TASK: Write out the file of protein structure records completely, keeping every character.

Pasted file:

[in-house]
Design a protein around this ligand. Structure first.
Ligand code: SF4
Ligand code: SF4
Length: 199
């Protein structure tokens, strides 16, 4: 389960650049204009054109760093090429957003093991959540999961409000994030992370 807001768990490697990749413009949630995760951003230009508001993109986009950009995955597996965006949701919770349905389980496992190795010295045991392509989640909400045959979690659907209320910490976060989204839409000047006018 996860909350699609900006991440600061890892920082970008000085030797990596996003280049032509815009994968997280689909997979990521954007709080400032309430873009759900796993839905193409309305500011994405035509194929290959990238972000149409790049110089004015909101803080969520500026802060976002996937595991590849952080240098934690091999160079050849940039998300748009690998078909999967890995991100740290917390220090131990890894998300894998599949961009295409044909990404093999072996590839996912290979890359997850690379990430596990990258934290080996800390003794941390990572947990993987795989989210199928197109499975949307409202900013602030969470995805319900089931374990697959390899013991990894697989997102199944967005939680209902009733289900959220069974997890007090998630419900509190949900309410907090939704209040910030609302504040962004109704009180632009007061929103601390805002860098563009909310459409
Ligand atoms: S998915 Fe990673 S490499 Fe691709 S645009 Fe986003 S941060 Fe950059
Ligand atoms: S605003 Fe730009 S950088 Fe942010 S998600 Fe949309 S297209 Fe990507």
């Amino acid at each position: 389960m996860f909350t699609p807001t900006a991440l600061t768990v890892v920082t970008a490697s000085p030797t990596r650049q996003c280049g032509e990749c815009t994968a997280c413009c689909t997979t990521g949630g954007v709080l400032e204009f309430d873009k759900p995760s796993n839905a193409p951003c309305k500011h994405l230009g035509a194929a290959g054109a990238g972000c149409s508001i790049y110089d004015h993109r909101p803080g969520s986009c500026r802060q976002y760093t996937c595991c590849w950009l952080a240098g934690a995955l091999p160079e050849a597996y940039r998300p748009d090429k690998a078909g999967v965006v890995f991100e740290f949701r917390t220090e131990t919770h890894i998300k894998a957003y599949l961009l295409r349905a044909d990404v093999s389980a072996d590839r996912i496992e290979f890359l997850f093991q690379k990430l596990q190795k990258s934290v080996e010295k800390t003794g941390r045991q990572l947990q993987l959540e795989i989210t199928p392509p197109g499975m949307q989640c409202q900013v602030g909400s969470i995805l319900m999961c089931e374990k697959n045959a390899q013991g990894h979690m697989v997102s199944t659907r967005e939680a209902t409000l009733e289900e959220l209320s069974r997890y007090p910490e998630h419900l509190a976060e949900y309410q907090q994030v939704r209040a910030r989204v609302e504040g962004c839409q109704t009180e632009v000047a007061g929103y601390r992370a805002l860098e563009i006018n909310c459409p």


[in-house]
Design a protein around this ligand. Structure first.
Ligand code: SF4
Ligand code: SF4
Length: 199
């Protein structure tokens, strides 16, 4: 389960650049204009054109760093090429957003093991959540999961409000994030992370 807001768990490697990749413009949630995760951003230009508001993109986009950009995955597996965006949701919770349905389980496992190795010295045991392509989640909400045959979690659907209320910490976060989204839409000047006018 996860909350699609900006991440600061890892920082970008000085030797990596996003280049032509815009994968997280689909997979990521954007709080400032309430873009759900796993839905193409309305500011994405035509194929290959990238972000149409790049110089004015909101803080969520500026802060976002996937595991590849952080240098934690091999160079050849940039998300748009690998078909999967890995991100740290917390220090131990890894998300894998599949961009295409044909990404093999072996590839996912290979890359997850690379990430596990990258934290080996800390003794941390990572947990993987795989989210199928197109499975949307409202900013602030969470995805319900089931374990697959390899013991990894697989997102199944967005939680209902009733289900959220069974997890007090998630419900509190949900309410907090939704209040910030609302504040962004109704009180632009007061929103601390805002860098563009909310459409
Ligand atoms: S998915 Fe990673 S490499 Fe691709 S645009 Fe986003 S941060 Fe950059
Ligand atoms: S605003 Fe730009 S950088 Fe942010 S998600 Fe949309 S297209 Fe990507």
């Amino acid at each position: 389960m996860f909350t699609p807001t900006a991440l600061t768990v890892v920082t970008a490697s000085p030797t990596r650049q996003c280049g032509e990749c815009t994968a997280c413009c689909t997979t990521g949630g954007v709080l400032e204009f309430d873009k759900p995760s796993n839905a193409p951003c309305k500011h994405l230009g035509a194929a290959g054109a990238g972000c149409s508001i790049y110089d004015h993109r909101p803080g969520s986009c500026r802060q976002y760093t996937c595991c590849w950009l952080a240098g934690a995955l091999p160079e050849a597996y940039r998300p748009d090429k690998a078909g999967v965006v890995f991100e740290f949701r917390t220090e131990t919770h890894i998300k894998a957003y599949l961009l295409r349905a044909d990404v093999s389980a072996d590839r996912i496992e290979f890359l997850f093991q690379k990430l596990q190795k990258s934290v080996e010295k800390t003794g941390r045991q990572l947990q993987l959540e795989i989210t199928p392509p197109g499975m949307q989640c409202q900013v602030g909400s969470i995805l319900m999961c089931e374990k697959n045959a390899q013991g990894h979690m697989v997102s199944t659907r967005e939680a209902t409000l009733e289900e959220l209320s069974r997890y007090p910490e998630h419900l509190a976060e949900y309410q907090q994030v939704r209040a910030r989204v609302e504040g962004c839409q109704t009180e632009v000047a007061g929103y601390r992370a805002l860098e563009i006018n909310c459409p």